Energy Service Companies

At the heart of innovative financing models for efficiency

Energy service companies (ESCOs) deliver energy efficiency projects that are financed based on energy savings. Given the need to rapidly and significantly increase financing for energy efficiency, interest in ESCO business models is growing.



In Belgium, the ESCO market is stable and moderately-sized in relation to the population. Public SuperESCOs such as Fedesco aided the development of the ESCO market which is expected to continue to grow.

In 2005 Fedesco, one of the first European Super ESCO, was formed by the Belgian Federal Government in cooperation with the Federal Building Agency and the Federal Public Services to provide energy efficiency retrofits of 1,800 public buildings with target of 22% CO2 savings financed by energy performance contracting or a separate contractor model. The company’s initial capital was 1.5 million euro which was extended to 6.5 million euro by 2015 when Fedesco was integrated into the Building Agency. Fedesco’s financing capabilities as a third-party-investor were initially 10 million euro which was raised to 100 million euro in 2009, although it never operated as a third party lender due to Belgium law preventing state funded loans to be classified as off-balance sheet. Fedesco employed a staff of 11 people with three project managers.

Fedesco utilized a “separate contractor model” which formalizes the process of financing subcontractors to perform the work of a typical ESCO with oversight by Fedesco. Projects using this subcontractor model included HVAC (mainly boiler replacement and boiler room renovation), HVAC regulation, relamping and relighting, co-generation and roof insulation (Citynvest 2015).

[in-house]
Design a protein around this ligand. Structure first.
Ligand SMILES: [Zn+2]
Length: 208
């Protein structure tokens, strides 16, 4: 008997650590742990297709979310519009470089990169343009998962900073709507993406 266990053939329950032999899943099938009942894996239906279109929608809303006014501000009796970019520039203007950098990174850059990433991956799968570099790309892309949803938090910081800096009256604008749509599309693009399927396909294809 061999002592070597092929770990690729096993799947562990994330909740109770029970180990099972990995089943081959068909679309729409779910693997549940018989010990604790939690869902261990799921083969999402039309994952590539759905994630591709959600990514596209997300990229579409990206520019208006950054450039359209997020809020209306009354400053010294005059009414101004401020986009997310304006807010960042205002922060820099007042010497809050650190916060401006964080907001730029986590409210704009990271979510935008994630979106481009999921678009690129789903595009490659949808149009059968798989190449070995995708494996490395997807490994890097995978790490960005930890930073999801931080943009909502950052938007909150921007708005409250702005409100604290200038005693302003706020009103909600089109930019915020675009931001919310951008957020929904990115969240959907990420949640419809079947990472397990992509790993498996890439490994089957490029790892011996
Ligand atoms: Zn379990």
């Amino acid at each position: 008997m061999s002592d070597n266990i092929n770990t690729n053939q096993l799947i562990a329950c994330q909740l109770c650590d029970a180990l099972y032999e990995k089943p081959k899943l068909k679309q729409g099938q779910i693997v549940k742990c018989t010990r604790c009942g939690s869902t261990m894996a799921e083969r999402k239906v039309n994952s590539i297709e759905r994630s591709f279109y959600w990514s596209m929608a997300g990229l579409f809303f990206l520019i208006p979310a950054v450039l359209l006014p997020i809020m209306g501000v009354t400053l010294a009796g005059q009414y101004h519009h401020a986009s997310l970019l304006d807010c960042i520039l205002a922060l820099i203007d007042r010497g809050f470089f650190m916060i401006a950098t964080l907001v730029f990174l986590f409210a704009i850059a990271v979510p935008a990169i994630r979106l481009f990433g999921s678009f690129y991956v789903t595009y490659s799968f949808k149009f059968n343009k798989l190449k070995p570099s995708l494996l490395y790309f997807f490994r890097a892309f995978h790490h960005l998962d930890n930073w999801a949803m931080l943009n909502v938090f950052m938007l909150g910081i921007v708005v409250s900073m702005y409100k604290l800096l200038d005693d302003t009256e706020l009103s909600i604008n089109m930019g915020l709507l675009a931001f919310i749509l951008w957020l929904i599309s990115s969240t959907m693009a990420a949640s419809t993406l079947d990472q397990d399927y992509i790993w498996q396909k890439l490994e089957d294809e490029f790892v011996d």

Fedesco also modified the traditional EPC to create the SmartEPC that formalizes and attaches performance guarantees to the operations and maintenance aspect of ESCOs work. Multiple projects were completed successfully using this model.

In 2011, Fedesco created a “Knowledgecenter” department to provide EPC facilitation services to regional public administrations. The Super ESCO funded an additional behavioural change campaign targeting building occupants.

Average duration of ESCO projects in Belgium:

The length of the contracts is between 10 – 15 years for the public sector and around 5 years for private (SME) clients (JRC 2016).

Survey Data

QualitEE Data

The legal framework for the ESCO sector in Belgium is not fully developed yet. For example, an Energy Performance Contract is not defined by law, in spite of the international provisions of the Energy Efficiency Directive (EED). It is expected that when the EED requirements are translated into actions the Belgian ESCO market will experience growth (Coolen et al. 2015).

The QualitEE survey has collected data surrounding the main drivers and barriers of business for ESCOs in Belgium. This is an excellent opportunity to compare the structural differences of ESCO markets to identify policies or mechanisms that account for such variance. Policies can then be built to complement existing drivers and overcome identified barriers.

Belgian ESCOs face similar barriers as their European counterparts, such as complexity of the concept, lack of information, administrative barriers, and lack of customer demand, and lack of trust in the ESCO industry (QualitEE 2017).

Additional barriers include: QualitEE Data

QualitEE Data